We've discussed techniques to redirect traffic to general servers and specialized techniques to vector traffic to proxies and gateways. This final section will explain some of the more sophisticated redirection techniques used for caching proxy servers. These techniques are more complex than the previously discussed protocols because they try to be reliable, high-performance, and content-aware—dispatching requests to locations likely to have particular pieces of content.
Cisco Systems developed the Web Cache Coordination Protocol (WCCP) to enable routers to redirect web traffic to proxy caches. WCCP governs communication between routers and caches so that routers can verify caches (make sure they are up and running), load balance among caches, and send specific types of traffic to specific caches. WCCP Version 2 (WCCP2) is an open protocol. We'll discuss WCCP2 here.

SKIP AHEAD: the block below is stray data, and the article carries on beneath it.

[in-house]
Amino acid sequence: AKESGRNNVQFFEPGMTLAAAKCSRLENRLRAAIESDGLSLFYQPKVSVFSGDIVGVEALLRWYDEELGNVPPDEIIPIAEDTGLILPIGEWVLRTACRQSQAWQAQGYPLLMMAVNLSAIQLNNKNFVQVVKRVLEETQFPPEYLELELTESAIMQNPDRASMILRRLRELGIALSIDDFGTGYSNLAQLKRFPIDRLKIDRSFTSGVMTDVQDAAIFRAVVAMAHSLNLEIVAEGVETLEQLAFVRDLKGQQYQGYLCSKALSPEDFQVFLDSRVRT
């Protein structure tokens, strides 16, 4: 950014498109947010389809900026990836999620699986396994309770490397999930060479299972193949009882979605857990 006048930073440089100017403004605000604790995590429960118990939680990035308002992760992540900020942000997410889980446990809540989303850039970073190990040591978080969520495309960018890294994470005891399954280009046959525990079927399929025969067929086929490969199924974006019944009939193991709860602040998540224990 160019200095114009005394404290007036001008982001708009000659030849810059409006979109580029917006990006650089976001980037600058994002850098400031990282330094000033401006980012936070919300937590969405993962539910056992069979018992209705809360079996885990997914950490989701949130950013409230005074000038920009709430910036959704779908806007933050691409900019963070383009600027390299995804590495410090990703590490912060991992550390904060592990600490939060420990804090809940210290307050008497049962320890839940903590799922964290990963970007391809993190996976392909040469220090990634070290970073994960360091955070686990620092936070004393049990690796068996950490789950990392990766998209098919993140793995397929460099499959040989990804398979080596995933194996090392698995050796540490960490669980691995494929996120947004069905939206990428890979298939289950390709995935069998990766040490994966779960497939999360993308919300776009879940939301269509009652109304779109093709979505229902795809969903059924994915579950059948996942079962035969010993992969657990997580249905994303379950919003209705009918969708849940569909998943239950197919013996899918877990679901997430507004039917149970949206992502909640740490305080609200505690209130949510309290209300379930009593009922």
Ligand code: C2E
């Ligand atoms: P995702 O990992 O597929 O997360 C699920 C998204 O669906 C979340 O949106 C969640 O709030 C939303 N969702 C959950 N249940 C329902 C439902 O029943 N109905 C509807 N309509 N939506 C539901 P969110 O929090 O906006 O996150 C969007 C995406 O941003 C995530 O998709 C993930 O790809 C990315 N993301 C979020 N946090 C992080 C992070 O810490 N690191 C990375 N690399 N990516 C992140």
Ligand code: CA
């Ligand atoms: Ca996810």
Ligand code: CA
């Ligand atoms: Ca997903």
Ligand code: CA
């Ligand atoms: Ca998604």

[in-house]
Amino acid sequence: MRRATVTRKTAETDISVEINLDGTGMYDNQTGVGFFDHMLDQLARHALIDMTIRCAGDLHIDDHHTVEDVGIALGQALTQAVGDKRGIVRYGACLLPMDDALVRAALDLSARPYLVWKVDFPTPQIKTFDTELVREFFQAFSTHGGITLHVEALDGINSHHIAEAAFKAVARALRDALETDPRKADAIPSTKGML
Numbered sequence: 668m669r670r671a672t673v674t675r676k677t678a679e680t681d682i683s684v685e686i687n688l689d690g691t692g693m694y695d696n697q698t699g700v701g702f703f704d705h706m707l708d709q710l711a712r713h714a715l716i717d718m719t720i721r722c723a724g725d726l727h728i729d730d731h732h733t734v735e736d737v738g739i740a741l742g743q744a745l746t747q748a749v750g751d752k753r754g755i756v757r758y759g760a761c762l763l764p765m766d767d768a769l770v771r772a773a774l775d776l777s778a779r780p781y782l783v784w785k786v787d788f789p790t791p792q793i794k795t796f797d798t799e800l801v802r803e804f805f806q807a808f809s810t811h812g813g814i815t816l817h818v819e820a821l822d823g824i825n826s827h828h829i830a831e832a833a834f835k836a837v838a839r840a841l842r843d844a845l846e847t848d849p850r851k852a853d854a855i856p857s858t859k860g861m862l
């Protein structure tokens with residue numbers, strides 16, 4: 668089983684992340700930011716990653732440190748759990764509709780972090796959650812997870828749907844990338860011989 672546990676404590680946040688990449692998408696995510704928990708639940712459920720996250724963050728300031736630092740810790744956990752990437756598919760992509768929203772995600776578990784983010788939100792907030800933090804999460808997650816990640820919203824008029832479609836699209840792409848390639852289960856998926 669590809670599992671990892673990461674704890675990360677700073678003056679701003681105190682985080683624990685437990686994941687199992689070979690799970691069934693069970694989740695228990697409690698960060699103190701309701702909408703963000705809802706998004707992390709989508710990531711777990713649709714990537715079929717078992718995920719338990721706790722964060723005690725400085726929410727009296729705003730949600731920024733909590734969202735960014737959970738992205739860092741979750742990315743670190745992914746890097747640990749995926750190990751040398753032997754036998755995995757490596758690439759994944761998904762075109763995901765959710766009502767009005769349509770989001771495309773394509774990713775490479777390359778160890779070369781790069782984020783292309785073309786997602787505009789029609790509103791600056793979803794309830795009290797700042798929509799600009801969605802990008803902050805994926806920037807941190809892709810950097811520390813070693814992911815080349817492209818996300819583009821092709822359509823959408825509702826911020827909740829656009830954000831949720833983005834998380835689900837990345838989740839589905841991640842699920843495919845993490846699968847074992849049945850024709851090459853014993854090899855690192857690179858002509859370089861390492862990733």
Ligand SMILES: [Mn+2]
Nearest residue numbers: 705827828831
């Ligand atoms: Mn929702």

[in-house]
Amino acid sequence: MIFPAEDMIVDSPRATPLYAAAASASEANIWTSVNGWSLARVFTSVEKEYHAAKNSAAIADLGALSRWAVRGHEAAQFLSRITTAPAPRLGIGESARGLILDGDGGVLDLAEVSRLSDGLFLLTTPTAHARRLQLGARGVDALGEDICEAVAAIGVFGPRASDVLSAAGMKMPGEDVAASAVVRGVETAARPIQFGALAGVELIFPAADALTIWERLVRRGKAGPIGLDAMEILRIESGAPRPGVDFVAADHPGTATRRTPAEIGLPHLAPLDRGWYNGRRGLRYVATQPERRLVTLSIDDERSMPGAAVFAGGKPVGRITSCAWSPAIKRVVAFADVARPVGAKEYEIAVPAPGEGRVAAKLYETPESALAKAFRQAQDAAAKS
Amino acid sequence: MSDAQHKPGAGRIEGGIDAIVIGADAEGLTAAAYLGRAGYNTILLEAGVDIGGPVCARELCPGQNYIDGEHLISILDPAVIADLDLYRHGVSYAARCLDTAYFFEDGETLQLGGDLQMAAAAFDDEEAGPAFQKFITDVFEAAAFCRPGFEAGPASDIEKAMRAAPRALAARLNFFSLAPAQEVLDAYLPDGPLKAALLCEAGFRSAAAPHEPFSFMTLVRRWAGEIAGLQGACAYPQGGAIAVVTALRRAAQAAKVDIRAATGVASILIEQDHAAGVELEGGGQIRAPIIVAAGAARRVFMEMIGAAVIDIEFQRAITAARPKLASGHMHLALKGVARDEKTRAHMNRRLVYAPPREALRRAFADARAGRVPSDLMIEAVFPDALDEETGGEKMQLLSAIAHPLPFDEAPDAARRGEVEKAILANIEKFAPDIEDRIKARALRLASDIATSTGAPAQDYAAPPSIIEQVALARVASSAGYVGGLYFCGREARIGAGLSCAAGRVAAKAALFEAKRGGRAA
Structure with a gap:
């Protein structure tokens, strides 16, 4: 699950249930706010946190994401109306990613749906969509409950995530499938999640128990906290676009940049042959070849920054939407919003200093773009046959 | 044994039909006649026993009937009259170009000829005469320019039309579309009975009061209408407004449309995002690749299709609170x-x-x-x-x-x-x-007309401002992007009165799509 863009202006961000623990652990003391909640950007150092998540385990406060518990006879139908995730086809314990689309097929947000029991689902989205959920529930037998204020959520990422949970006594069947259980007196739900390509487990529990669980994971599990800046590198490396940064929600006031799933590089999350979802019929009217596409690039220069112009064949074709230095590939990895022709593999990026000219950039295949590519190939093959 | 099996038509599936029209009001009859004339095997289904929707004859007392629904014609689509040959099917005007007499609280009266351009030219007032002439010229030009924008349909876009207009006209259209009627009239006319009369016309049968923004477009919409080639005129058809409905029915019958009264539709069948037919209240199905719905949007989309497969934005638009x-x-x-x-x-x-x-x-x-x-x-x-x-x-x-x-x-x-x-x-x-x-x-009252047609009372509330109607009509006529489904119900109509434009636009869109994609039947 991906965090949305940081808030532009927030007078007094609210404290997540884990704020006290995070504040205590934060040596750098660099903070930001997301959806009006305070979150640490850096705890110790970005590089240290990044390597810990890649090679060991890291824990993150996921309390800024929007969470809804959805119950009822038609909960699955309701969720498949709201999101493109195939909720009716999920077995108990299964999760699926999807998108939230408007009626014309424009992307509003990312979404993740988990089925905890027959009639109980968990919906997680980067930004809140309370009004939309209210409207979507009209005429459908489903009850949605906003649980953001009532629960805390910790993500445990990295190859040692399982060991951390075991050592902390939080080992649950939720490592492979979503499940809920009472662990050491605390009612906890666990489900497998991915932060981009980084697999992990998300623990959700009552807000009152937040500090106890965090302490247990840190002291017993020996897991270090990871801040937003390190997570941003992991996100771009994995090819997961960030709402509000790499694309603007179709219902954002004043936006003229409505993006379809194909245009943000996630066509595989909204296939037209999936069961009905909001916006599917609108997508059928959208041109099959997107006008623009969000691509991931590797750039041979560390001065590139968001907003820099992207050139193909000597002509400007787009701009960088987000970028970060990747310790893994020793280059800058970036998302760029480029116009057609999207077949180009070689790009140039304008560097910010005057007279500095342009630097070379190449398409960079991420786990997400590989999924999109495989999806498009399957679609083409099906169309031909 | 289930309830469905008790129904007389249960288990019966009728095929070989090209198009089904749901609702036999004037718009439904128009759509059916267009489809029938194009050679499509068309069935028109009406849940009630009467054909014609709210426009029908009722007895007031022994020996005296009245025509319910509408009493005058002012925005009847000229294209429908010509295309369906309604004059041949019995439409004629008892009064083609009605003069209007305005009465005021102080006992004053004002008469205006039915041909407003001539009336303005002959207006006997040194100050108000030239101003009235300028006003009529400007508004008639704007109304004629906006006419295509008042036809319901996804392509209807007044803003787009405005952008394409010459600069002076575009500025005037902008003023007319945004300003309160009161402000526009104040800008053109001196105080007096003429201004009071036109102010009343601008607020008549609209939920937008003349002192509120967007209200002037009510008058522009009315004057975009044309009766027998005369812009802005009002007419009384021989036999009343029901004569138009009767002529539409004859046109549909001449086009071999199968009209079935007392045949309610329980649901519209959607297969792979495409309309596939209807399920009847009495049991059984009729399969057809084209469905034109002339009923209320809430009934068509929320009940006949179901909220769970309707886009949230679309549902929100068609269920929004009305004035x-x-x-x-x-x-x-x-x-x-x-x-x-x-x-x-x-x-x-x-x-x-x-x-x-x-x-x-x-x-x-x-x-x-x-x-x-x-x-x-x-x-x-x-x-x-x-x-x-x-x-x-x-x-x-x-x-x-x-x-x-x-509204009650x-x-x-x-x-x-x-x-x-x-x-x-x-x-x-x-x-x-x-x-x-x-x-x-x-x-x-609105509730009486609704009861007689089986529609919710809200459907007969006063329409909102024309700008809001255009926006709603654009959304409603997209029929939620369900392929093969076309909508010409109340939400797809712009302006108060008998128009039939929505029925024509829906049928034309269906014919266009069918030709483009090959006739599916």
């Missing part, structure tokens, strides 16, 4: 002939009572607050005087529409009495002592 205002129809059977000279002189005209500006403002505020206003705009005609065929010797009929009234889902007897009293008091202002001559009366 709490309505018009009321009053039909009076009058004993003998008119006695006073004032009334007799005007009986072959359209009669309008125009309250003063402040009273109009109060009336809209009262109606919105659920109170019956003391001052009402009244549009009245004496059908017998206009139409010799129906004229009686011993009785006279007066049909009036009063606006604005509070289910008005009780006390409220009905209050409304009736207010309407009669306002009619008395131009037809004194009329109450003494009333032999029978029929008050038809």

Here's a brief overview of how WCCP redirection works for HTTP (WCCP redirects other protocols similarly):
Start with a network containing WCCP-enabled routers and caches that can communicate with one another.
A set of routers and their target caches form a WCCP service group. The configuration of the service group specifies what traffic is sent where, how traffic is sent, and how load should be balanced among the caches in the service group.
If the service group is configured to redirect HTTP traffic, routers in the service group send HTTP requests ...